Riding high on the bullish sentiment in the economy, banks are rushing to put either sell their non-core assets or dilute their stake to partially make up for their shrinking margins amid high cost of funds and free up growth capital.

Despite banking regulator giving two years time to HDFC Bank for holding stake in its wholly-owned subsidiary HDFC Education and Development Services (providing services to three education schools), the bank is planning to sell its entire stake via Swiss challenge process to derive the maximum price for the asset.

Canara Bank decided to sell 13 per cent equity shares in its joint venture subsidiary Canara Robeco Asset Management Company by listing the business on the stock exchange. The public sector bank has 51 per cent stake in the mutual fund.

Similarly, the country’s largest bank State Bank of India also approved sale of 6 per cent stake in its subsidiary SBI Mutual Fund, but had to call off after market turned volatile due to Russia’s invasion on Ukraine.

Amit Goel, Chief Global Strategist, Pace 360 said RBI has directed banks to maintain a certain amount of capital relative to the risk-weighted assets and thus by divesting non-core assets, banks can free up capital that can be redirected towards their core banking activities.

This strategic move not only enhances their financial health but also enables them to invest in areas that could potentially improve their Net Interest Margin, he said.

Shrey Jain, Founder and CEO SAS Online - India’s Deep Discount Broker, said rise in policy rates and falling liquidity in the system have inflated the cost of funds for the banks and has put pressure on their’ margins.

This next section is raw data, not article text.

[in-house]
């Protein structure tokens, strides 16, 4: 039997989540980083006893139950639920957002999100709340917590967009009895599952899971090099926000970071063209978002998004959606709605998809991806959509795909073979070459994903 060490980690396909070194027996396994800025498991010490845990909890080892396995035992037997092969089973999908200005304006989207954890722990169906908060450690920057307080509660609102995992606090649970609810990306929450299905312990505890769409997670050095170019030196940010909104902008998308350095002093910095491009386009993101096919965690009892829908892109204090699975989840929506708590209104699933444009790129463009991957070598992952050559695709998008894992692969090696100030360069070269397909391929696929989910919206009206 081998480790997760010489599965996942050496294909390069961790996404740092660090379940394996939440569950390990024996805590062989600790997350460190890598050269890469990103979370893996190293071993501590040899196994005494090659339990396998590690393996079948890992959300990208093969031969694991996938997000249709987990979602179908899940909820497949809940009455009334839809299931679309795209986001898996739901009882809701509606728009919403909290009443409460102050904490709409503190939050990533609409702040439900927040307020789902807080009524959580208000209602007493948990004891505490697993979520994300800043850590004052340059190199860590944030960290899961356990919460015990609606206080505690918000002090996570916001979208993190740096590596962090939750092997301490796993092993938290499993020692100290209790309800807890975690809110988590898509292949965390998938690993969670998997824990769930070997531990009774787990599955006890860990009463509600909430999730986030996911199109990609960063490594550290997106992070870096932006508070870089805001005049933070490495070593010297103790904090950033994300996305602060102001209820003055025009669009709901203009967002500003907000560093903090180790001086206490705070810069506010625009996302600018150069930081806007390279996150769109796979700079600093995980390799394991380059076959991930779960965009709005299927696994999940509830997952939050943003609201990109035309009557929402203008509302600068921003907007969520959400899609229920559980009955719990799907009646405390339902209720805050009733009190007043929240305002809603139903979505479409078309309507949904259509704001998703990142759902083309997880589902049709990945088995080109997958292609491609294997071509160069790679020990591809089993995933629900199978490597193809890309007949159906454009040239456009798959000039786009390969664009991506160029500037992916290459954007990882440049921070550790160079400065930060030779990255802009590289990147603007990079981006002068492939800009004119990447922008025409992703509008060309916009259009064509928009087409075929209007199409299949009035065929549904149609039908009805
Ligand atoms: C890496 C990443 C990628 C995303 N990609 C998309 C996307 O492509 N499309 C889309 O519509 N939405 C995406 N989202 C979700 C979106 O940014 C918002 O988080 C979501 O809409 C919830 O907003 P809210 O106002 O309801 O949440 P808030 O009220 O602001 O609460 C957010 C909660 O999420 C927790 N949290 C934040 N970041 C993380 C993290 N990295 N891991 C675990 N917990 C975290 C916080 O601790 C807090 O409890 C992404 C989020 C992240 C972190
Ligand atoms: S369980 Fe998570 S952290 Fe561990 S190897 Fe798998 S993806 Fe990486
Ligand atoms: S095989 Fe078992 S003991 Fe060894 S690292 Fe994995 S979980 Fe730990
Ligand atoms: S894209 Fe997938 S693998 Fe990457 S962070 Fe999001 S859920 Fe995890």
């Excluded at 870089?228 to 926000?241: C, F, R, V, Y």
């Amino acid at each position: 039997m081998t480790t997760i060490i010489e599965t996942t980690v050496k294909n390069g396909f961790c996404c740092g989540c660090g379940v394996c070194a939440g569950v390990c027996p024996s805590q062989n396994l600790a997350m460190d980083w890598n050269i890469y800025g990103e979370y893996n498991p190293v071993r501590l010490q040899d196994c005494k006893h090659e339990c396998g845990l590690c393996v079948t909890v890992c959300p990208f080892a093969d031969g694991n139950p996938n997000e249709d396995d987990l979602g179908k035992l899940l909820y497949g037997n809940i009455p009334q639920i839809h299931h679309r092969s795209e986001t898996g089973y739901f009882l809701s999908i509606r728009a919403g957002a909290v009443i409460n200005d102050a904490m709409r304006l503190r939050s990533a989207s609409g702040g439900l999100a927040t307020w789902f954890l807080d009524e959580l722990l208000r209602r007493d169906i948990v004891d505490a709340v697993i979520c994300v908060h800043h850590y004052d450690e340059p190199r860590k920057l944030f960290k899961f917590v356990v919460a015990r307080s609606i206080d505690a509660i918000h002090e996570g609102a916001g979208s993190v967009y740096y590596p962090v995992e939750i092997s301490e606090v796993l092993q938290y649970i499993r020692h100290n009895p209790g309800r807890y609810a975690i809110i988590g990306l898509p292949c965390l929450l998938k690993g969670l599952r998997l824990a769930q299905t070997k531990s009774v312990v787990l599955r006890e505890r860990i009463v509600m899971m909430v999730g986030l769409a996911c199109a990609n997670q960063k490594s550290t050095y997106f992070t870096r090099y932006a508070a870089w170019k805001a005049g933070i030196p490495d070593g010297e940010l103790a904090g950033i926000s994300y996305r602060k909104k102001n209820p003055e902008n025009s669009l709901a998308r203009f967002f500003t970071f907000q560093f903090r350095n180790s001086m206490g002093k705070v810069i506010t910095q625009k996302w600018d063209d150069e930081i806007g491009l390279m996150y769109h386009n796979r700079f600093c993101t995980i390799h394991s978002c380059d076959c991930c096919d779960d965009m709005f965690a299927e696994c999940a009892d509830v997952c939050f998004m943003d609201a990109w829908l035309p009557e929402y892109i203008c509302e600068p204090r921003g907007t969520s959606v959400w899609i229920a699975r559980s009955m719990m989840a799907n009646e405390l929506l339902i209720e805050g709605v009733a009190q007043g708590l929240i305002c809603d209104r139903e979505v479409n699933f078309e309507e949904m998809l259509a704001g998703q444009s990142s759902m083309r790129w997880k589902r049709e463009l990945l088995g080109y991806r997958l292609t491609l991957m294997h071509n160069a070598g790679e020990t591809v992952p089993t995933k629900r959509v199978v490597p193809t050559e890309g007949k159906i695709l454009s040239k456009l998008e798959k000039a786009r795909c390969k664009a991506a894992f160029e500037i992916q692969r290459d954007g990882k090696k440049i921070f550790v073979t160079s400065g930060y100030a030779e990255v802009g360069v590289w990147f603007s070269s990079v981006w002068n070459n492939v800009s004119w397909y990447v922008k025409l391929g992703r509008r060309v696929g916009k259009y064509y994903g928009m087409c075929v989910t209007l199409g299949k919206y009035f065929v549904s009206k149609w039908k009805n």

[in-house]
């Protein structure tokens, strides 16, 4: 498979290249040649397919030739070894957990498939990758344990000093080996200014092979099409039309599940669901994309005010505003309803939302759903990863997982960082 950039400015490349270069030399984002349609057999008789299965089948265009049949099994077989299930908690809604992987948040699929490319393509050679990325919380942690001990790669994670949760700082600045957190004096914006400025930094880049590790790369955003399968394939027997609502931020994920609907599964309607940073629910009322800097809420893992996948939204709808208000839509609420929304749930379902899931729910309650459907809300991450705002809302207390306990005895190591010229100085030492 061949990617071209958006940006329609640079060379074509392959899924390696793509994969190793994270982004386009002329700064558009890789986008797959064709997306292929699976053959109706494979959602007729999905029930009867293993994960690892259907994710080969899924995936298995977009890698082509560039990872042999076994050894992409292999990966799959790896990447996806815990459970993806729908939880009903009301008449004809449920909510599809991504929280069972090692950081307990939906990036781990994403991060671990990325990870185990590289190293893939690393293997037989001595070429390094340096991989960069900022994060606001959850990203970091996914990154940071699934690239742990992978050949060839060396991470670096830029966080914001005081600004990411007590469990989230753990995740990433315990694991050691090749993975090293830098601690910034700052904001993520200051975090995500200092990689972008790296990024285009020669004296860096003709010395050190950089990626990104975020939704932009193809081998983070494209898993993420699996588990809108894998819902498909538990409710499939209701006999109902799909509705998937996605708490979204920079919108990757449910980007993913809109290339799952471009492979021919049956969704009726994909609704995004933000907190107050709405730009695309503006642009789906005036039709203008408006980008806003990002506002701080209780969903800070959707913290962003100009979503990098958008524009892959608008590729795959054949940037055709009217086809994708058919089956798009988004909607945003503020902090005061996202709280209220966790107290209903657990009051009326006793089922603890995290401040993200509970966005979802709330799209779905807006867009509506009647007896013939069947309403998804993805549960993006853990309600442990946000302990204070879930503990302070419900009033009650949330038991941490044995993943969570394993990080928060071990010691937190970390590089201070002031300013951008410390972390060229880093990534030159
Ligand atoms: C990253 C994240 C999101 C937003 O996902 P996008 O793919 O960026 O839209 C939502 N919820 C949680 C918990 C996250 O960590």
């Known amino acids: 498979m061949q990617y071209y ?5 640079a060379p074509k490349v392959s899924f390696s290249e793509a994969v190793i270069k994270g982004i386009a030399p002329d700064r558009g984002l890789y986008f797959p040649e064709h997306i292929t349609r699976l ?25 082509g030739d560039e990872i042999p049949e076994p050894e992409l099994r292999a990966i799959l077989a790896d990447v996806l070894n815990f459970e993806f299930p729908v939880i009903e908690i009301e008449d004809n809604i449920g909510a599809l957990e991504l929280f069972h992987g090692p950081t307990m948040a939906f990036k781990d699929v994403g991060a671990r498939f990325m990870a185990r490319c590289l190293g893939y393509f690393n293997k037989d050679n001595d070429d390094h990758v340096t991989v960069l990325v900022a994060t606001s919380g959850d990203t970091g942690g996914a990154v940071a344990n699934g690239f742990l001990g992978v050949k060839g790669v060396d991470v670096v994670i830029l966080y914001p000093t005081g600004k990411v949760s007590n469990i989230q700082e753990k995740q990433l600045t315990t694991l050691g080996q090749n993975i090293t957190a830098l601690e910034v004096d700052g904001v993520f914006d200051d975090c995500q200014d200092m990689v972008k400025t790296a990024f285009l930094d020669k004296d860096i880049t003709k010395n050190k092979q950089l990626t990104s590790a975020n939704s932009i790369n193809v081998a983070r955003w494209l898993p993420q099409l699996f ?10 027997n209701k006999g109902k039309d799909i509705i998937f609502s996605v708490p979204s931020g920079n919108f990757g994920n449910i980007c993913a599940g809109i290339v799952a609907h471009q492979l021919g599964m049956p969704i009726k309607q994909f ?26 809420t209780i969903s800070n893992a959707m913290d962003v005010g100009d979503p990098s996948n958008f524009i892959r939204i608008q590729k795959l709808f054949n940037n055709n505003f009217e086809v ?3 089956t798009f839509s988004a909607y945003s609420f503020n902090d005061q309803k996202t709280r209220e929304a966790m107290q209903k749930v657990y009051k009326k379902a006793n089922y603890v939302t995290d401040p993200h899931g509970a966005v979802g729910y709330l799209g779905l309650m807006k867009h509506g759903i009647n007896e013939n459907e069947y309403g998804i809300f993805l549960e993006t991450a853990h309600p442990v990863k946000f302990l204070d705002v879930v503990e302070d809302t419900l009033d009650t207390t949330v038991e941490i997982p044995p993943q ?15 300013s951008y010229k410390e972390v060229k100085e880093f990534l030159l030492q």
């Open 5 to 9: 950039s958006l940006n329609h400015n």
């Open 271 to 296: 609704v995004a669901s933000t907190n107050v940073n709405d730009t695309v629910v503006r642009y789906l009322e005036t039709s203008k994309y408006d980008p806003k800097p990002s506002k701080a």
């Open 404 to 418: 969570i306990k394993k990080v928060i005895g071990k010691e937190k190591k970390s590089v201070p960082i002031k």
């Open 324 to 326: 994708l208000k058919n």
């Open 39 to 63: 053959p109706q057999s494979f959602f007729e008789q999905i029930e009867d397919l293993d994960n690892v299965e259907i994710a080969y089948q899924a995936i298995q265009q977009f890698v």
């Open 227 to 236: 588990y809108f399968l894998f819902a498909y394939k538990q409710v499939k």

Listing subsidiaries that are doing well on the stock exchanges augurs well for banks’ shareholders as analysts will start factoring in the underlying value, he added.

Vijay Singh Gour, Senior Analyst, Choice Broking said last June, HDFC sold HDFC Cedilla as RBI asked them to merge the entity before merging HDFC with HDFC Bank or bring down holding to 10 per cent in two years.

Merging assets worth ₹15,000 core of HDFC Credila with assets of ₹25 lakh crore would have taken one year after receiving multiple approvals and the management decided to sell the asset, he added.

Shreyansh V Shah, Research Analyst, StoxBox, observed that with the equity market and mutual funds doing well it has become difficult for banks to garner cheap deposits.

Banks believe that the current bull market will help them enhance the valuation of their stakes in these subsidiaries which will help them reap the benefit of premium valuations, he said.

“Banks are likely to face the brunt of increased cost of funds on account of intense competition to grow deposits from small finance banks,” said Shah.